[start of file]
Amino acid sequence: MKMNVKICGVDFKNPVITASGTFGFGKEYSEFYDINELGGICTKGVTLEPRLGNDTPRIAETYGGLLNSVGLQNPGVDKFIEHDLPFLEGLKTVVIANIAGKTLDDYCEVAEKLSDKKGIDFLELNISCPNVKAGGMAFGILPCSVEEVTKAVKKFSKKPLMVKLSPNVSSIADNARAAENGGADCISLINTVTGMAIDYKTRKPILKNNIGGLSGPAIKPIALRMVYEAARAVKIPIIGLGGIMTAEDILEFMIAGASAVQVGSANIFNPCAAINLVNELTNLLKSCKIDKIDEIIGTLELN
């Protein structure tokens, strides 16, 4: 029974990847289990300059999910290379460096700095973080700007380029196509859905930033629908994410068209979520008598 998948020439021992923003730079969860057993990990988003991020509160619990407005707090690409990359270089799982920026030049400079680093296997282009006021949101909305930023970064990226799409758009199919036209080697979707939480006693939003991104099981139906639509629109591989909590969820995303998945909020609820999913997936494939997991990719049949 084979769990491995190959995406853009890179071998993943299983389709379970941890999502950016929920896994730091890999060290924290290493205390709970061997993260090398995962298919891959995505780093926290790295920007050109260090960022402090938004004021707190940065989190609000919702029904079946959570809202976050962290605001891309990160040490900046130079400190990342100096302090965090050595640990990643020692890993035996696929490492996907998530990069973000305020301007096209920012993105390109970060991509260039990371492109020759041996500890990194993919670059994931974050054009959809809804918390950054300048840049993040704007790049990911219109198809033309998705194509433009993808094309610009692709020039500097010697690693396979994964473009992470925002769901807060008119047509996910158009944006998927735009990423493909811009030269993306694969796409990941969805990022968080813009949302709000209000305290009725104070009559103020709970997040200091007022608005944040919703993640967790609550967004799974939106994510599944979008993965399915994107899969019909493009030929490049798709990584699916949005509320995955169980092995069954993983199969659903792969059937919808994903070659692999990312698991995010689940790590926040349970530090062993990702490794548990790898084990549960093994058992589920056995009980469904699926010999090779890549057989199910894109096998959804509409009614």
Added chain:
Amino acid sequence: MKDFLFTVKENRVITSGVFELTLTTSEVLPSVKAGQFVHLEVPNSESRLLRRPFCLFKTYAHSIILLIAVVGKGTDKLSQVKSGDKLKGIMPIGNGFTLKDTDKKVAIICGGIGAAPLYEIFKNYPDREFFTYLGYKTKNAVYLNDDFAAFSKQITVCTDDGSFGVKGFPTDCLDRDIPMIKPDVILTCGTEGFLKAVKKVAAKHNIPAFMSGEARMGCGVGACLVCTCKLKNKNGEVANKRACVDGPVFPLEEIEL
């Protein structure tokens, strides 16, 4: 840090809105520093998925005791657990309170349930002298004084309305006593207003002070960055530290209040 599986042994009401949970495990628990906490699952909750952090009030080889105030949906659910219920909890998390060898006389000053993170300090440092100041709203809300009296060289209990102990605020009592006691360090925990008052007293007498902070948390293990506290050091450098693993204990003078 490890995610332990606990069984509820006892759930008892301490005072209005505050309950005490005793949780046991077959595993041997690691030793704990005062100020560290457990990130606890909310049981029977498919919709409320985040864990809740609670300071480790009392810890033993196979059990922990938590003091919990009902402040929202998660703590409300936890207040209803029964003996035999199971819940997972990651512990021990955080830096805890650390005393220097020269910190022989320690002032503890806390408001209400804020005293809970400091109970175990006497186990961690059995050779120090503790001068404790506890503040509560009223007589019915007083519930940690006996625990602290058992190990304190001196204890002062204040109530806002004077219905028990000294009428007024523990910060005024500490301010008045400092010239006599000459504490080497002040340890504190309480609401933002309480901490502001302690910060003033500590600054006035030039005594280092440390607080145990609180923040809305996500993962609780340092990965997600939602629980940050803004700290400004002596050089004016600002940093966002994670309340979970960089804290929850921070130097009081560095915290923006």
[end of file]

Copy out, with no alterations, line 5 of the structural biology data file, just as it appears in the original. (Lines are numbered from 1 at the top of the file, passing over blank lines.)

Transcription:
């Protein structure tokens, strides 16, 4: 840090809105520093998925005791657990309170349930002298004084309305006593207003002070960055530290209040 599986042994009401949970495990628990906490699952909750952090009030080889105030949906659910219920909890998390060898006389000053993170300090440092100041709203809300009296060289209990102990605020009592006691360090925990008052007293007498902070948390293990506290050091450098693993204990003078 490890995610332990606990069984509820006892759930008892301490005072209005505050309950005490005793949780046991077959595993041997690691030793704990005062100020560290457990990130606890909310049981029977498919919709409320985040864990809740609670300071480790009392810890033993196979059990922990938590003091919990009902402040929202998660703590409300936890207040209803029964003996035999199971819940997972990651512990021990955080830096805890650390005393220097020269910190022989320690002032503890806390408001209400804020005293809970400091109970175990006497186990961690059995050779120090503790001068404790506890503040509560009223007589019915007083519930940690006996625990602290058992190990304190001196204890002062204040109530806002004077219905028990000294009428007024523990910060005024500490301010008045400092010239006599000459504490080497002040340890504190309480609401933002309480901490502001302690910060003033500590600054006035030039005594280092440390607080145990609180923040809305996500993962609780340092990965997600939602629980940050803004700290400004002596050089004016600002940093966002994670309340979970960089804290929850921070130097009081560095915290923006």